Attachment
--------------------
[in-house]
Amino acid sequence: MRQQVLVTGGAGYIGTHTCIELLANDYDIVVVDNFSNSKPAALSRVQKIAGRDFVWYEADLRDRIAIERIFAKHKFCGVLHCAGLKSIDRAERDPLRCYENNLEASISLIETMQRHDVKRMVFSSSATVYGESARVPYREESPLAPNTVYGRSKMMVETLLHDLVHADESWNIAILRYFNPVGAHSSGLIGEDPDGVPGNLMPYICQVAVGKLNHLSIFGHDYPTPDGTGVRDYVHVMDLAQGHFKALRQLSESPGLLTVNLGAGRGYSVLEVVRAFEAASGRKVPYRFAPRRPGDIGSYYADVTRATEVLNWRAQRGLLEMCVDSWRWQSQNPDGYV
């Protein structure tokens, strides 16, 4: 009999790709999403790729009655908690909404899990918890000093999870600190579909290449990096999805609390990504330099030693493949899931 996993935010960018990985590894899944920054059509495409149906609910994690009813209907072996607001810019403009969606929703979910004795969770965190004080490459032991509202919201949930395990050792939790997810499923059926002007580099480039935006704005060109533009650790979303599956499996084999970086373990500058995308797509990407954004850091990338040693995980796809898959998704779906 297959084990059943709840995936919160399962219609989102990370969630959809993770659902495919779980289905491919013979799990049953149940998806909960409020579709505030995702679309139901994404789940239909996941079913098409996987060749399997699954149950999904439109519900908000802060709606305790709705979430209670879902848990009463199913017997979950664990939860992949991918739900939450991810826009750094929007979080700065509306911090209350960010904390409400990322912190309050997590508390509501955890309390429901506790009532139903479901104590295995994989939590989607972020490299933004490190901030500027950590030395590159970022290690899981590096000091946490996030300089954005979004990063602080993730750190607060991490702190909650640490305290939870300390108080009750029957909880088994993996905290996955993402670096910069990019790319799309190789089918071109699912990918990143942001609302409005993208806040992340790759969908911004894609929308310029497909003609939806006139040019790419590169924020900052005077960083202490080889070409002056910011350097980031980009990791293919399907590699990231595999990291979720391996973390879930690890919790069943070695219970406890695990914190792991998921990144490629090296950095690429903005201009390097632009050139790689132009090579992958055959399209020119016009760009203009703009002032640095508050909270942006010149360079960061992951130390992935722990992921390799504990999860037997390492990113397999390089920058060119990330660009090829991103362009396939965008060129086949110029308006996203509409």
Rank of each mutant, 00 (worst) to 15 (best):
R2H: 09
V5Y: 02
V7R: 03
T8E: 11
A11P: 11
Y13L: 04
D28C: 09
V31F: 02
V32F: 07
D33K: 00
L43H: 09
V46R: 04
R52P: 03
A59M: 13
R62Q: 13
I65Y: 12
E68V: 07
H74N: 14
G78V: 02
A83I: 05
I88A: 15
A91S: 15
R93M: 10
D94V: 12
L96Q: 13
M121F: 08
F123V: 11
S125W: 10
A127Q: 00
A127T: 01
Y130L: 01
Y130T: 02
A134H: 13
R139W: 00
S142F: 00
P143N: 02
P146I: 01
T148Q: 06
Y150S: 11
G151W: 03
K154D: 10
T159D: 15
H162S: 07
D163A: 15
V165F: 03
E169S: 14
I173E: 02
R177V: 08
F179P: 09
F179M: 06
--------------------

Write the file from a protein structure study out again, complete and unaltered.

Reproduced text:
[in-house]
Amino acid sequence: MRQQVLVTGGAGYIGTHTCIELLANDYDIVVVDNFSNSKPAALSRVQKIAGRDFVWYEADLRDRIAIERIFAKHKFCGVLHCAGLKSIDRAERDPLRCYENNLEASISLIETMQRHDVKRMVFSSSATVYGESARVPYREESPLAPNTVYGRSKMMVETLLHDLVHADESWNIAILRYFNPVGAHSSGLIGEDPDGVPGNLMPYICQVAVGKLNHLSIFGHDYPTPDGTGVRDYVHVMDLAQGHFKALRQLSESPGLLTVNLGAGRGYSVLEVVRAFEAASGRKVPYRFAPRRPGDIGSYYADVTRATEVLNWRAQRGLLEMCVDSWRWQSQNPDGYV
């Protein structure tokens, strides 16, 4: 009999790709999403790729009655908690909404899990918890000093999870600190579909290449990096999805609390990504330099030693493949899931 996993935010960018990985590894899944920054059509495409149906609910994690009813209907072996607001810019403009969606929703979910004795969770965190004080490459032991509202919201949930395990050792939790997810499923059926002007580099480039935006704005060109533009650790979303599956499996084999970086373990500058995308797509990407954004850091990338040693995980796809898959998704779906 297959084990059943709840995936919160399962219609989102990370969630959809993770659902495919779980289905491919013979799990049953149940998806909960409020579709505030995702679309139901994404789940239909996941079913098409996987060749399997699954149950999904439109519900908000802060709606305790709705979430209670879902848990009463199913017997979950664990939860992949991918739900939450991810826009750094929007979080700065509306911090209350960010904390409400990322912190309050997590508390509501955890309390429901506790009532139903479901104590295995994989939590989607972020490299933004490190901030500027950590030395590159970022290690899981590096000091946490996030300089954005979004990063602080993730750190607060991490702190909650640490305290939870300390108080009750029957909880088994993996905290996955993402670096910069990019790319799309190789089918071109699912990918990143942001609302409005993208806040992340790759969908911004894609929308310029497909003609939806006139040019790419590169924020900052005077960083202490080889070409002056910011350097980031980009990791293919399907590699990231595999990291979720391996973390879930690890919790069943070695219970406890695990914190792991998921990144490629090296950095690429903005201009390097632009050139790689132009090579992958055959399209020119016009760009203009703009002032640095508050909270942006010149360079960061992951130390992935722990992921390799504990999860037997390492990113397999390089920058060119990330660009090829991103362009396939965008060129086949110029308006996203509409």
Rank of each mutant, 00 (worst) to 15 (best):
R2H: 09
V5Y: 02
V7R: 03
T8E: 11
A11P: 11
Y13L: 04
D28C: 09
V31F: 02
V32F: 07
D33K: 00
L43H: 09
V46R: 04
R52P: 03
A59M: 13
R62Q: 13
I65Y: 12
E68V: 07
H74N: 14
G78V: 02
A83I: 05
I88A: 15
A91S: 15
R93M: 10
D94V: 12
L96Q: 13
M121F: 08
F123V: 11
S125W: 10
A127Q: 00
A127T: 01
Y130L: 01
Y130T: 02
A134H: 13
R139W: 00
S142F: 00
P143N: 02
P146I: 01
T148Q: 06
Y150S: 11
G151W: 03
K154D: 10
T159D: 15
H162S: 07
D163A: 15
V165F: 03
E169S: 14
I173E: 02
R177V: 08
F179P: 09
F179M: 06